Genovesa

Jun 22, 2018 - National Geographic Endeavour II


Today we visited Genovesa Island. Genovesa is located on the northeast part of the archipelago, due to its location is mostly influence by the Panamic current that brings warm poor nutrient waters to this island. Genovesa is surrounded by deep water; therefore, it is the ideal nesting ground for birds that have pelagic feeding habits.

In the morning, we visited Darwin Bay and observed several nests of the red-footed booby as well as several nests of the great frigatebird. There were few males with their pouch inflated. We also observed swallow tailed gulls nest with chicks of different life stages.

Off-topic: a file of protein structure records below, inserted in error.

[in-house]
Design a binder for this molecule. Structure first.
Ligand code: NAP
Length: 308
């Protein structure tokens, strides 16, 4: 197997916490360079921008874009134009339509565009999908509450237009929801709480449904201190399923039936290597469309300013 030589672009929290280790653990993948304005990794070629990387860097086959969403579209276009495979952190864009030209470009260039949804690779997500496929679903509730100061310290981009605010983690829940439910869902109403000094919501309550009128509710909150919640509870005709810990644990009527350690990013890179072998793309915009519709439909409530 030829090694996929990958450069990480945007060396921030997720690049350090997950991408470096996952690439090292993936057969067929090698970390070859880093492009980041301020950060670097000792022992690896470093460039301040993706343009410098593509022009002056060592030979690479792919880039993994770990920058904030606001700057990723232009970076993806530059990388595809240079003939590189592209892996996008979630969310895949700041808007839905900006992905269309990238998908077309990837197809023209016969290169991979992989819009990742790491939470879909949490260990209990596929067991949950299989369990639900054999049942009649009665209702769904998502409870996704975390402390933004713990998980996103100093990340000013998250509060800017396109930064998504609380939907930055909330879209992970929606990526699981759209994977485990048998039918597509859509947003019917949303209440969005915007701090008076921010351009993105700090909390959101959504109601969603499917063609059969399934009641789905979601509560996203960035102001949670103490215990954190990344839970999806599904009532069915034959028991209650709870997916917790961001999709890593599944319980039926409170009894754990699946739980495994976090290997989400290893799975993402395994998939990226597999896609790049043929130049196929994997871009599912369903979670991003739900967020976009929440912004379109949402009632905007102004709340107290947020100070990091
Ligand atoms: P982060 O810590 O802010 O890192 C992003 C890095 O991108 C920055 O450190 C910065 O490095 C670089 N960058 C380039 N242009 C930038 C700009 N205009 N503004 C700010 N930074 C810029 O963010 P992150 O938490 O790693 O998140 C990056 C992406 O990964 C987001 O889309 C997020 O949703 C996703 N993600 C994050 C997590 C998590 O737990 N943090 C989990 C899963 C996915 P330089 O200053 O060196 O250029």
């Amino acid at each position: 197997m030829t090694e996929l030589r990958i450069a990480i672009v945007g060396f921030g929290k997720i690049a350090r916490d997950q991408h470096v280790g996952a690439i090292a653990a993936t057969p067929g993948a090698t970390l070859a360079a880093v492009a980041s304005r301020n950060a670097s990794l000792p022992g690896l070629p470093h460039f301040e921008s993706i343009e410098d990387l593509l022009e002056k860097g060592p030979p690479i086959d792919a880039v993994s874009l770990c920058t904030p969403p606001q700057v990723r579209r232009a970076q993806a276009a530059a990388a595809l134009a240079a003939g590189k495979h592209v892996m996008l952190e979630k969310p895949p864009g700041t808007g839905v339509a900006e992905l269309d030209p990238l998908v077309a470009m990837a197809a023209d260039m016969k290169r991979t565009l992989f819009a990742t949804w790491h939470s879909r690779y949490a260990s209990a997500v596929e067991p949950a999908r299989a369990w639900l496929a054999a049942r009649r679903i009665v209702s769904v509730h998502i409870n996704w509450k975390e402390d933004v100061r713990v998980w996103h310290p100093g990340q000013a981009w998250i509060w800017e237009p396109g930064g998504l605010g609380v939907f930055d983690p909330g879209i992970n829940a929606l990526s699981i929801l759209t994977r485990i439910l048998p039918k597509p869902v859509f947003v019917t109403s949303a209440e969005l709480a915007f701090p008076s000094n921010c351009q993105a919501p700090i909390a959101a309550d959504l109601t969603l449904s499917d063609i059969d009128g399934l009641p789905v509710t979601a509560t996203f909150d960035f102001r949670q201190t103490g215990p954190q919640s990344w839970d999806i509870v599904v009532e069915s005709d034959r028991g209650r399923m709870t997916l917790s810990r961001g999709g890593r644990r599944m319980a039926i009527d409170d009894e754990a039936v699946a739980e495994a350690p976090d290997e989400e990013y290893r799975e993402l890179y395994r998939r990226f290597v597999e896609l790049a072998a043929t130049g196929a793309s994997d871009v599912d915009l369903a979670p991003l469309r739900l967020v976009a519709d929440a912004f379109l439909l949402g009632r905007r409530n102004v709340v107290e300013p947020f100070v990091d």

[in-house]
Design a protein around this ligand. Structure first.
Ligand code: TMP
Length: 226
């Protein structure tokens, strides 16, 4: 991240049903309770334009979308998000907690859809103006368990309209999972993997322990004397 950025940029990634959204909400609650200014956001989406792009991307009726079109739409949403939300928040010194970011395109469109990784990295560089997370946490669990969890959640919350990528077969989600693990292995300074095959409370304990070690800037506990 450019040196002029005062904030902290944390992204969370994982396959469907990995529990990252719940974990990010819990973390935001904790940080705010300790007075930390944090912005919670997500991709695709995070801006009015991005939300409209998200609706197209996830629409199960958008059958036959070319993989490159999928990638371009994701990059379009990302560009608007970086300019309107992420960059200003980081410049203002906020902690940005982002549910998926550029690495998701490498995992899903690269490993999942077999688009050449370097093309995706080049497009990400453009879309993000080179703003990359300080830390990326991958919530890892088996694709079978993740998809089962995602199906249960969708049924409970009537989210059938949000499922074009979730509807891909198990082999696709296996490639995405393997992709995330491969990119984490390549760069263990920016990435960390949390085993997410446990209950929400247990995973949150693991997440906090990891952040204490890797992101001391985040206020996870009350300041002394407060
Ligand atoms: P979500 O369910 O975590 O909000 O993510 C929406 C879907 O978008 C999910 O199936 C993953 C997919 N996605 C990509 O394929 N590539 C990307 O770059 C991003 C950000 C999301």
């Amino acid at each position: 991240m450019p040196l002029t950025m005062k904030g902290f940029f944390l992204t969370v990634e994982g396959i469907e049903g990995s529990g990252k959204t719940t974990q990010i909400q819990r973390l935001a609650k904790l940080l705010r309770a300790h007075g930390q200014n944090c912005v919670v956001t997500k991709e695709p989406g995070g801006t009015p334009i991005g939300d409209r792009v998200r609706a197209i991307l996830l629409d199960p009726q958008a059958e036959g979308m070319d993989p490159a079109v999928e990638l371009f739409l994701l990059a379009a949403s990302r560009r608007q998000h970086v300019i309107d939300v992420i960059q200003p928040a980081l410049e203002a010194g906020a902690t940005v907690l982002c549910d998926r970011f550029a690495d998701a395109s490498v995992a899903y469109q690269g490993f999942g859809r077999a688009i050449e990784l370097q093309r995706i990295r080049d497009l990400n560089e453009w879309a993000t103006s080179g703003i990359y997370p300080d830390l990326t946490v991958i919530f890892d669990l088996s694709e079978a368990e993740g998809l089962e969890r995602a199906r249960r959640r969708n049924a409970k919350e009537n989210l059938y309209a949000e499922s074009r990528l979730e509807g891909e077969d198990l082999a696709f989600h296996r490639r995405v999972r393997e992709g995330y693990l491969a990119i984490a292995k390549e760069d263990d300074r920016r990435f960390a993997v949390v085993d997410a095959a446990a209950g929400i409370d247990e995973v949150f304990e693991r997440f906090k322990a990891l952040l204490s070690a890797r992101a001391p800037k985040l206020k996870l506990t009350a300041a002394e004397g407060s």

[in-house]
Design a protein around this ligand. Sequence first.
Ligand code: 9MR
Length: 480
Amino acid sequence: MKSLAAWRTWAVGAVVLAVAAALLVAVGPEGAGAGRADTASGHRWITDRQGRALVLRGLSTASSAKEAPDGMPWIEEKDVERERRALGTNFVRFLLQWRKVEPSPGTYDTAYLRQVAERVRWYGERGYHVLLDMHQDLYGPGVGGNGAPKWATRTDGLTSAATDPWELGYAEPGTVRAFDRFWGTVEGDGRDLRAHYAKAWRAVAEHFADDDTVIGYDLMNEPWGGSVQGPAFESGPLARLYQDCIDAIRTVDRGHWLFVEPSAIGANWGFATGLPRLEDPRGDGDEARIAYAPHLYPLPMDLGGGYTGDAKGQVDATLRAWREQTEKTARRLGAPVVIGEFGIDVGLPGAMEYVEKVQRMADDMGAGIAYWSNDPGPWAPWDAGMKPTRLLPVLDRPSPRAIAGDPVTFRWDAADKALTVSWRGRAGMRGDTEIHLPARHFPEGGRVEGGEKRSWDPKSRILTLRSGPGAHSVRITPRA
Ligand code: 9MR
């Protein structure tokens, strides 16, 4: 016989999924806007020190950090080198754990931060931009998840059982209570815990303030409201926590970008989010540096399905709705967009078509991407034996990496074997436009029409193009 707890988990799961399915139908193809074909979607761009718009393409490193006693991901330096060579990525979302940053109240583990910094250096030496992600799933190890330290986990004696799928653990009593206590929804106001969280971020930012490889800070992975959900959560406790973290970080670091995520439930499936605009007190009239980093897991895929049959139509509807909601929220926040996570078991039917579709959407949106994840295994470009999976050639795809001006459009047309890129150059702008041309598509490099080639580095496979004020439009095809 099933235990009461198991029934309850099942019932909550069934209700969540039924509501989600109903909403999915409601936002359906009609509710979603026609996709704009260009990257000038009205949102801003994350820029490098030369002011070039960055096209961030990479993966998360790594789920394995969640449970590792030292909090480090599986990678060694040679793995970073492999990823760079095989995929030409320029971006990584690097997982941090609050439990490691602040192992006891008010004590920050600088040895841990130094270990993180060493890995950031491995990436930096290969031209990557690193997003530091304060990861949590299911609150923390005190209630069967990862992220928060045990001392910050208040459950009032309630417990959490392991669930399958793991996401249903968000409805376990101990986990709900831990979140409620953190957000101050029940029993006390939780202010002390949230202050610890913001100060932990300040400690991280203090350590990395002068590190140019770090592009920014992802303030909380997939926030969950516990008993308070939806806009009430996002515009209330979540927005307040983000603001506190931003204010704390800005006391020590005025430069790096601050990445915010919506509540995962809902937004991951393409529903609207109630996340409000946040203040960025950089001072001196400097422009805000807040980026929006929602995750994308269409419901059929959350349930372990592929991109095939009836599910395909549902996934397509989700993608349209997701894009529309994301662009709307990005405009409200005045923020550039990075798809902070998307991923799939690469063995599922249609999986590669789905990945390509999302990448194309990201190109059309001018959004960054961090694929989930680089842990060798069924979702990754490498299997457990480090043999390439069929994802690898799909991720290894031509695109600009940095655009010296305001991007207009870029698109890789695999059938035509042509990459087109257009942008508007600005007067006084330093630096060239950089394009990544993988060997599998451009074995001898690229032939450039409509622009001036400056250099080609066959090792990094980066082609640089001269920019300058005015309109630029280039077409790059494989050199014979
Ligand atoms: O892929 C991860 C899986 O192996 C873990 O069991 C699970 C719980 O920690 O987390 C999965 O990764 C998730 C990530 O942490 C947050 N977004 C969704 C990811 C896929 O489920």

In the afternoon, we climbed up to Prince Phillip’s Steps. We saw the short ear owl and impressive platform that Genovesa offers for sea birds colonies.

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About the Author

Luis Vinueza

Naturalist

Luis arrived in the Galápagos Islands for the first time when he was 11 years old in 1983, and from that time on he knew that Galápagos would one day be his home. He returned to the islands in 1995 and spent 14 months camping in a tent. Seven of those months were spent on Española Island, studying the relationship of reproductive success and mate retention of Nazca boobies. In 1997, he started working for the marine lab at the Charles Darwin Research Station (CDRS) on different fields including diving surveys to assess the patterns of marine biodiversity around the Galápagos Marine Reserve. His research included counting lobsters and sea cucumbers and participating as an advisor for CDRS during the negotiation process that led to the 1998 creation of the Galápagos Marine Reserve. 

About the Videographer

Eli Moterani

Eli Moterani

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